Is it time for the chief everything officer?

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By Alex Ionides, Managing Director, Silx

Content marketing provides intelligence to help shape your business strategy – regardless of industry or company size.

Why is this? Partly, it is the way the audience – your customers and prospects – interacts with and give feedback to your content. It primarily comes from the long and well-thought-out process of creating valuable content. These two dynamics eventually interact to provide information that helps you, as a C-Suite member, to constantly shape your business.

 

ALSO SEE: What brands need to learn about content creation

 

How content marketing helps the C-Suite

C-levels are getting even more involved with their companies’ digital marketing efforts. Why? Because content marketing is helping them run better companies. And those who have a true passion for marketing their products or services are the quickest to get involved.

This is because at the core of content marketing is the creation and dissemination of information, which assists your audience in a way similar to that of your product or service.

Of course, this is not a hard and fast rule. Some content (especially in B2C) is simply present to make the user feel good or to entertain them: similar to B2C products and services.

But, at its core, your content should be valuable to your customers and prospects as much as the value they get from actually using the product or service.

What emerges, in both content creation and the audience feedback, is a keen awareness of what actually the market desires or wants.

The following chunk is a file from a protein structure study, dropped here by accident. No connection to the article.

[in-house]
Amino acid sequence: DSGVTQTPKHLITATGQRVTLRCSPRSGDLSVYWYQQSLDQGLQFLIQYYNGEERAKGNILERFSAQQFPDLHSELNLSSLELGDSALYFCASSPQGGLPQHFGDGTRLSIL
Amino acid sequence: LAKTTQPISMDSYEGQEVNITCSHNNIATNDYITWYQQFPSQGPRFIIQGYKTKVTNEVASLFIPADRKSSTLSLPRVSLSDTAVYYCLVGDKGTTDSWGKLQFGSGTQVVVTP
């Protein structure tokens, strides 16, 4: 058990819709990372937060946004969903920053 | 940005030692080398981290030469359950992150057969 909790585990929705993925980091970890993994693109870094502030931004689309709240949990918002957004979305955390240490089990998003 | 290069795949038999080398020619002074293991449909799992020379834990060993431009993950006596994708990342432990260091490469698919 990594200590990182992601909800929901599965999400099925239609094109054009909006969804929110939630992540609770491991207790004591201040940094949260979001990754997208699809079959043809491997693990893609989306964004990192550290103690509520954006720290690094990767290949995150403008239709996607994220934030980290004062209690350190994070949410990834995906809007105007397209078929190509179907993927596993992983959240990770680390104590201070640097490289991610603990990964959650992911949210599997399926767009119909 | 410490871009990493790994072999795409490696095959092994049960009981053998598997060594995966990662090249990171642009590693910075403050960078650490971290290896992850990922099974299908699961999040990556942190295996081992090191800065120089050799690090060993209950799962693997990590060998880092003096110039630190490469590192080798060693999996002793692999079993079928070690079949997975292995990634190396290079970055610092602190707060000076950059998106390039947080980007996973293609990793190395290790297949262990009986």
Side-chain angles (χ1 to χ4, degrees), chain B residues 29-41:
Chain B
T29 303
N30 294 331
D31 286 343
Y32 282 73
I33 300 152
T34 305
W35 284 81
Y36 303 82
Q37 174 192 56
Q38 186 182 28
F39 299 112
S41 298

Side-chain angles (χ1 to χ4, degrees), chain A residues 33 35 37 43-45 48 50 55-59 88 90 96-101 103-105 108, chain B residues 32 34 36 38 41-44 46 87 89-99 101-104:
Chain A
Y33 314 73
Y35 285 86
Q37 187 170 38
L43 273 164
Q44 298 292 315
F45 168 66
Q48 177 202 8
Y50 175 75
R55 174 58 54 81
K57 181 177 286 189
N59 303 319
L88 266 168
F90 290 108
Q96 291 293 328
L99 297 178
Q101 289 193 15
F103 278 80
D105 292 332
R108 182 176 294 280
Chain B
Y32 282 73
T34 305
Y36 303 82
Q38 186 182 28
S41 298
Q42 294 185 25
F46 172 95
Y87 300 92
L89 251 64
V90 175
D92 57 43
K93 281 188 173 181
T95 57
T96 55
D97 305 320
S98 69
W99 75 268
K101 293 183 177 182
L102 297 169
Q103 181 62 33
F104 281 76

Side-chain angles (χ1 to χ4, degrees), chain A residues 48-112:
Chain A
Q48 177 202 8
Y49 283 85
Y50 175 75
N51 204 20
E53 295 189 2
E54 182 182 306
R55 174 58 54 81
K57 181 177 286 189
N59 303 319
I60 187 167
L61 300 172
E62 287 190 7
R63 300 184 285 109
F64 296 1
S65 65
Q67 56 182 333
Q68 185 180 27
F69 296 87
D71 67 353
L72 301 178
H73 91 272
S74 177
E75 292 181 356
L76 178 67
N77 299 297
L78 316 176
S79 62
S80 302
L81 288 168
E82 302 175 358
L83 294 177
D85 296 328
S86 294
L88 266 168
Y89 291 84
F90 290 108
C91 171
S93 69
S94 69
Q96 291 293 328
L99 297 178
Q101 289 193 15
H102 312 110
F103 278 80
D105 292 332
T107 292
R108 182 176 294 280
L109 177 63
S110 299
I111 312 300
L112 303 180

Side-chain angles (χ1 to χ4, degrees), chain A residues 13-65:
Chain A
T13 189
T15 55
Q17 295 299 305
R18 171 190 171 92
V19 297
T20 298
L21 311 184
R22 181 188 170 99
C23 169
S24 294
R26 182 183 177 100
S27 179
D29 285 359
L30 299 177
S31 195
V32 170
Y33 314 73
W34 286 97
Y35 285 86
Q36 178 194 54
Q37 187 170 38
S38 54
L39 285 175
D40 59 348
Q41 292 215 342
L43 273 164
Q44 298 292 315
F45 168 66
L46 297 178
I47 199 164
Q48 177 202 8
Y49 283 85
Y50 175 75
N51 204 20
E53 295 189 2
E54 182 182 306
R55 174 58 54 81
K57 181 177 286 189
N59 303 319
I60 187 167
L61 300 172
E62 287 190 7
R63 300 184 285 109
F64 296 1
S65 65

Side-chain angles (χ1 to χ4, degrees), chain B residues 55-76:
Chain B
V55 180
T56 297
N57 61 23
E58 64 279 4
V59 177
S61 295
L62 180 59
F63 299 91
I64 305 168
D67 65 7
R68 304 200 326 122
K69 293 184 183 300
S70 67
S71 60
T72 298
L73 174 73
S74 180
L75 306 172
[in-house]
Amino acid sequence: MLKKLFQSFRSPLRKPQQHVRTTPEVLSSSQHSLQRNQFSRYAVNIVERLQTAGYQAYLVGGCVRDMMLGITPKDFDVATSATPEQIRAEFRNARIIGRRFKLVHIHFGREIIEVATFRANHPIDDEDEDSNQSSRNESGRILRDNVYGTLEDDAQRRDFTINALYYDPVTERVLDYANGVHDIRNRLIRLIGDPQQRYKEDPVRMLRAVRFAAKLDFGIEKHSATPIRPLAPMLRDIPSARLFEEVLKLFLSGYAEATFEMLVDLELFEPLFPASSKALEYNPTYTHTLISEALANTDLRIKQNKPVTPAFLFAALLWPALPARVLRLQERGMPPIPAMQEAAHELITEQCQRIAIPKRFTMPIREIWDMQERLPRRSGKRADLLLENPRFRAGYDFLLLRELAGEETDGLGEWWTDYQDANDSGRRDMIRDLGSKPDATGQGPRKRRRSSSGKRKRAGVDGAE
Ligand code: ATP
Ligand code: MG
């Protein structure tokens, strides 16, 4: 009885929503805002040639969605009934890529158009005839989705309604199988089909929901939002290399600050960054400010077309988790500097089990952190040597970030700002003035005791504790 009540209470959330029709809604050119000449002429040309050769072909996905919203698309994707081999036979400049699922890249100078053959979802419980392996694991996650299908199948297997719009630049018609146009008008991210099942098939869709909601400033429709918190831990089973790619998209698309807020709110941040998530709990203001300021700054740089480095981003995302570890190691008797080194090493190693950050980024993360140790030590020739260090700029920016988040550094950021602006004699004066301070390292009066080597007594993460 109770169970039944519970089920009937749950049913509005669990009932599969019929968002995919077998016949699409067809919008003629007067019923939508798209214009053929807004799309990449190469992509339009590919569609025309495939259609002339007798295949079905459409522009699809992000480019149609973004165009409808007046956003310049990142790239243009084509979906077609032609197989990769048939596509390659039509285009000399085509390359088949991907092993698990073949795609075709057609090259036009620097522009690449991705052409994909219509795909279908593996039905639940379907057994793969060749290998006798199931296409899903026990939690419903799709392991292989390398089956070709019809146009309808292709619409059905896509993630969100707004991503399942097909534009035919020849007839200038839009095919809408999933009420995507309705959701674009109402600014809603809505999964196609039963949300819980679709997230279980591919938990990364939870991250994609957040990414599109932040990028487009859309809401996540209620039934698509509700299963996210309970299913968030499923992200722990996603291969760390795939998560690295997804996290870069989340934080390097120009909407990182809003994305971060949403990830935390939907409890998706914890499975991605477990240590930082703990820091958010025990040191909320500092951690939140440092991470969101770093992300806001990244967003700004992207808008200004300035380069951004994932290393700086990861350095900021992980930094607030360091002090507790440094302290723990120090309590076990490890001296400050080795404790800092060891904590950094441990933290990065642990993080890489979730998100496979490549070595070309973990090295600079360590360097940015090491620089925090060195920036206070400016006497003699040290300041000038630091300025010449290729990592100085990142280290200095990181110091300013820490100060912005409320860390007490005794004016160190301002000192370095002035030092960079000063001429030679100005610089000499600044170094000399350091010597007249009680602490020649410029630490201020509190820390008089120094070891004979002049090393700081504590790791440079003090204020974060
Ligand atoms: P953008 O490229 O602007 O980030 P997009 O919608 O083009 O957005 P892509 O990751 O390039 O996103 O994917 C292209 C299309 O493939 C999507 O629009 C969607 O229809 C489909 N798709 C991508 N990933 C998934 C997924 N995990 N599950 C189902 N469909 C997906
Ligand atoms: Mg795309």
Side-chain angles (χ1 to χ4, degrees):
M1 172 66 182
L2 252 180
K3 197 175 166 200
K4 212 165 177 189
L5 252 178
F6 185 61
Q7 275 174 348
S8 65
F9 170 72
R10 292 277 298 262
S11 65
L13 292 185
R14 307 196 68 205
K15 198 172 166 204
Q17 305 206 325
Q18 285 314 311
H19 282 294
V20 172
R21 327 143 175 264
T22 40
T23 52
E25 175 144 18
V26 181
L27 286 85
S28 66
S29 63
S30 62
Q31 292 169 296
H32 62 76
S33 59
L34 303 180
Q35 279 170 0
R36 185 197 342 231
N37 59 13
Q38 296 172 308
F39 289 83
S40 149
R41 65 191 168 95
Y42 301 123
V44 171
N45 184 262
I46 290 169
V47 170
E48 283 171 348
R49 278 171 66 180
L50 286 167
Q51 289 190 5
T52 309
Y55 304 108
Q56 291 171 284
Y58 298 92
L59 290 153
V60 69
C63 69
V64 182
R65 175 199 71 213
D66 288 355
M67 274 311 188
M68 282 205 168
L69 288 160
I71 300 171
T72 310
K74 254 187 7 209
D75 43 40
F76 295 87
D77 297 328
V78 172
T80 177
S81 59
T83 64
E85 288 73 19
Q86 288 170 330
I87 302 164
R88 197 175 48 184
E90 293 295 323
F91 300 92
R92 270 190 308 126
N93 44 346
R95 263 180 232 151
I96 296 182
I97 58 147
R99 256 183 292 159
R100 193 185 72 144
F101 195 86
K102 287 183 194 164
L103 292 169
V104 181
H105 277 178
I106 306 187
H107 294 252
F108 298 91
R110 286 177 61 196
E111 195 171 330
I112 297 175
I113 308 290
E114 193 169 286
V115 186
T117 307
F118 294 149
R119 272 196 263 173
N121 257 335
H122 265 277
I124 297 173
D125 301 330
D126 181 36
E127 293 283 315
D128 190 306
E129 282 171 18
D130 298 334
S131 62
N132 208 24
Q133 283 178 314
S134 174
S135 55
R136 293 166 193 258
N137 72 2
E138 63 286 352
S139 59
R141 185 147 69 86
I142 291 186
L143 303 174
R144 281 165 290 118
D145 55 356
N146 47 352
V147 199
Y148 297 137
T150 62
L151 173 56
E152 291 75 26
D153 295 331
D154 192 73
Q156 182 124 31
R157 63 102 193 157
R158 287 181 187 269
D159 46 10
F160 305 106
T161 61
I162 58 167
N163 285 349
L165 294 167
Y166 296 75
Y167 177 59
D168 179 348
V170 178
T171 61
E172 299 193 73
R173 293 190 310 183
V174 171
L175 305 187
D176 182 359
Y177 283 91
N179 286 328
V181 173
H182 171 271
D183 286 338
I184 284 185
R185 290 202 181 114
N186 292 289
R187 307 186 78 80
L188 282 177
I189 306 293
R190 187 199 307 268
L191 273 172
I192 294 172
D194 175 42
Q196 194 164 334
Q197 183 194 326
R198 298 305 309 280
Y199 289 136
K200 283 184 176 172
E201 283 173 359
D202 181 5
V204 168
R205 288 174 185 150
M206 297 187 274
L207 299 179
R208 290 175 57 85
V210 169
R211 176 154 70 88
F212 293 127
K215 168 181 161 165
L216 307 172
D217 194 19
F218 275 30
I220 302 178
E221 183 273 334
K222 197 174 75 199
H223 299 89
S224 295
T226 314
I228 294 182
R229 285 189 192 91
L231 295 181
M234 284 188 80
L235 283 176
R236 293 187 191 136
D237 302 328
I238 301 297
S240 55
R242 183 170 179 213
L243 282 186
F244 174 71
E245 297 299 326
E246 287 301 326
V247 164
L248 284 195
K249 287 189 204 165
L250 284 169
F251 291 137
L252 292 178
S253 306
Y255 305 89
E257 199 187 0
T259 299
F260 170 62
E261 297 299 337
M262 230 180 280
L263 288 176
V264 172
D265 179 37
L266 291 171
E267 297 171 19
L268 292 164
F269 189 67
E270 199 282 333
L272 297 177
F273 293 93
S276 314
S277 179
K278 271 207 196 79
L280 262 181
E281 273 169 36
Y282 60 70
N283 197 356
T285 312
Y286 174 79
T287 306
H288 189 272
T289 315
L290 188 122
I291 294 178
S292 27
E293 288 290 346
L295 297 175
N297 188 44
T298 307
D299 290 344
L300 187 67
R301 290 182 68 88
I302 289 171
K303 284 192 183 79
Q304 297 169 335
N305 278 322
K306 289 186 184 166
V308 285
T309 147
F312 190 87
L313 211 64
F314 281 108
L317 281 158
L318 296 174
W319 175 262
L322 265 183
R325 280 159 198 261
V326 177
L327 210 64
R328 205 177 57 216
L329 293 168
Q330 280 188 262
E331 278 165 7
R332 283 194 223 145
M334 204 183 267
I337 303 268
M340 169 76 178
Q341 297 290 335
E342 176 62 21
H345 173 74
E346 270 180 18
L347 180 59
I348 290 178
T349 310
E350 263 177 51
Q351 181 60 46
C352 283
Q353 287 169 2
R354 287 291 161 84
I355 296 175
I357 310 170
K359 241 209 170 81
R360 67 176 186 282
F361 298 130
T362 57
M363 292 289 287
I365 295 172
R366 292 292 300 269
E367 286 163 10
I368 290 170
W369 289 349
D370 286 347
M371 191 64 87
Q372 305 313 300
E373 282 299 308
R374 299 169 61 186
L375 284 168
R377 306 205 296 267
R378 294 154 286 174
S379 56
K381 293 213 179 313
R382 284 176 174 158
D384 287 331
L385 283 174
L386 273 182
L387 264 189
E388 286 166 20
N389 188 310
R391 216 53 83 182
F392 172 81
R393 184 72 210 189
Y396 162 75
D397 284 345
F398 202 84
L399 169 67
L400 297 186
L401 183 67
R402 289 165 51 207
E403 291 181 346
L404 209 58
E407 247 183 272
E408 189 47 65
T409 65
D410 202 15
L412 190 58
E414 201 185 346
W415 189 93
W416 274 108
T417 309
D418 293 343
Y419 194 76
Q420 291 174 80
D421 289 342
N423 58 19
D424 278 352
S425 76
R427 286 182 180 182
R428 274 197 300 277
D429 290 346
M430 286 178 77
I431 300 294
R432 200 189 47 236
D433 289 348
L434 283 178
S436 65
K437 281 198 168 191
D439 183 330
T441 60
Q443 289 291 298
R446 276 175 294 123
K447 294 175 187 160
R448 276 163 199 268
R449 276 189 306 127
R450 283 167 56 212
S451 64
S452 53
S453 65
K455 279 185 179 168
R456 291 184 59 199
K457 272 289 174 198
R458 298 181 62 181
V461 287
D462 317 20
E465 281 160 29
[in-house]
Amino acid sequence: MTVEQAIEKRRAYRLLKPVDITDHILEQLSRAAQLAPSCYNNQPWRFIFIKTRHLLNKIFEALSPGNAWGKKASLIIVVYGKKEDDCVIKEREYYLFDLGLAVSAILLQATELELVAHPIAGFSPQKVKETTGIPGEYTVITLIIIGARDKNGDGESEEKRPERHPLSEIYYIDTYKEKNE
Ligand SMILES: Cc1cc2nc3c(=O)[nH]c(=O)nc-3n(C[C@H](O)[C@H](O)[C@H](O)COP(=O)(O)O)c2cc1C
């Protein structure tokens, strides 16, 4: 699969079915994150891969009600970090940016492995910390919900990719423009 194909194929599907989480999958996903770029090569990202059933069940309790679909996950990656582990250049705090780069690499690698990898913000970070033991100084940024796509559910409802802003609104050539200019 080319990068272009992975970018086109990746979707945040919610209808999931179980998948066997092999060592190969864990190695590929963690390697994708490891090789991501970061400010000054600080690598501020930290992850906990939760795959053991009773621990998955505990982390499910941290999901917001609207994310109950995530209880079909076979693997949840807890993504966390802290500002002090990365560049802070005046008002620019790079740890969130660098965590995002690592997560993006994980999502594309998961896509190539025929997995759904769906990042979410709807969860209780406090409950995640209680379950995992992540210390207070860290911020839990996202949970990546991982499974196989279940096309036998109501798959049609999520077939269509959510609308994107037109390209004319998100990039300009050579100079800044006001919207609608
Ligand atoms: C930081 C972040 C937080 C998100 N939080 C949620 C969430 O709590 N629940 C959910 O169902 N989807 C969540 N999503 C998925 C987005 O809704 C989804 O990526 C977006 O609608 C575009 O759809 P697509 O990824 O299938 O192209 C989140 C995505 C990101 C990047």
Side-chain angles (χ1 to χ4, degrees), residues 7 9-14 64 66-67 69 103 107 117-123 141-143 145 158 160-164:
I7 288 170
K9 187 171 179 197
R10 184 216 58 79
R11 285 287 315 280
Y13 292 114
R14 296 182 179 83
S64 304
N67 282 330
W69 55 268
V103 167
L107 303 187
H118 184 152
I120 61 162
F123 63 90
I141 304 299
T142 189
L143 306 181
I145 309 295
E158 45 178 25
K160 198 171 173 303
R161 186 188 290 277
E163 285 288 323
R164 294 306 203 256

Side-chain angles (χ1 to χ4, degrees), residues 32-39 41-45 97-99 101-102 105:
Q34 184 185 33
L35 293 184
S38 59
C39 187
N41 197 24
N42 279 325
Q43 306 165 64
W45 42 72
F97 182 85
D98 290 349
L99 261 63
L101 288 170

When content marketing is proper, the actual execution of it brings your company closer to its audience and permits you to steer your product development with clear focus.

Get intimate with your content. The typical CEO is often quite aloof from the daily marketing efforts or even product development. But look at the example of Steve Jobs and you’ll notice how closely involved he was in marketing – by all accounts, fully controlling the entire effort.

And on the product development side, he was legendary. Jobs had a finely-tuned awareness of what people wanted, with the end result being a series of products thanks to which, years after his passing, despite no radical new innovation, Apple is still on top of the world’s list of most valuable companies.

Involvement in content marketing brings a discipline that Jobs naturally possessed. It tightly integrates marketing and innovation, which, according to Peter Drucker, the father of business consulting, are the only two business functions that bring results. (The rest, Drucker said, are costs.)

Jobs knew this naturally – and, more importantly he lived and breathed it, so he was able to put it into action every day.

Content marketing does this. It starts with the creation of content. If you cut corners in this process, you will know, deep down, that not only does the content itself have little val- ue to your audience, but the content creation process also has little value for you.

 

MUST SEE: Why marketers should care about democratization of content

 

Why? Because creating good content is not easy. It is not just about putting pen to paper and writing for a set amount of time, or creating a video walk-through of your new corporate headquarters. It’s about explaining and guiding the audience through your story.

If we stay focused on the fact that your story is there to resolve problems on the lines of your products or services, then you’ll find yourself naturally creating content with a discipline that delivers true value.

Here in the UAE, our Creative Director at Silx, who is also a published author, recently gave me an example that nicely brought home the point.

If you are trying to describe in your novel how beautiful one of the characters is, don’t just keep repeating “She is beautiful.”

Rather, you describe her personality, her features, her actions, her dressing sense and all of the other things that create in your read- ers’ minds a way of visualising her beauty for themselves.

Content marketing is essentially doing the same thing. You are explaining rather than simply presenting facts. It’s a process that forces you to reflect deeply on what it is you deliver and why.

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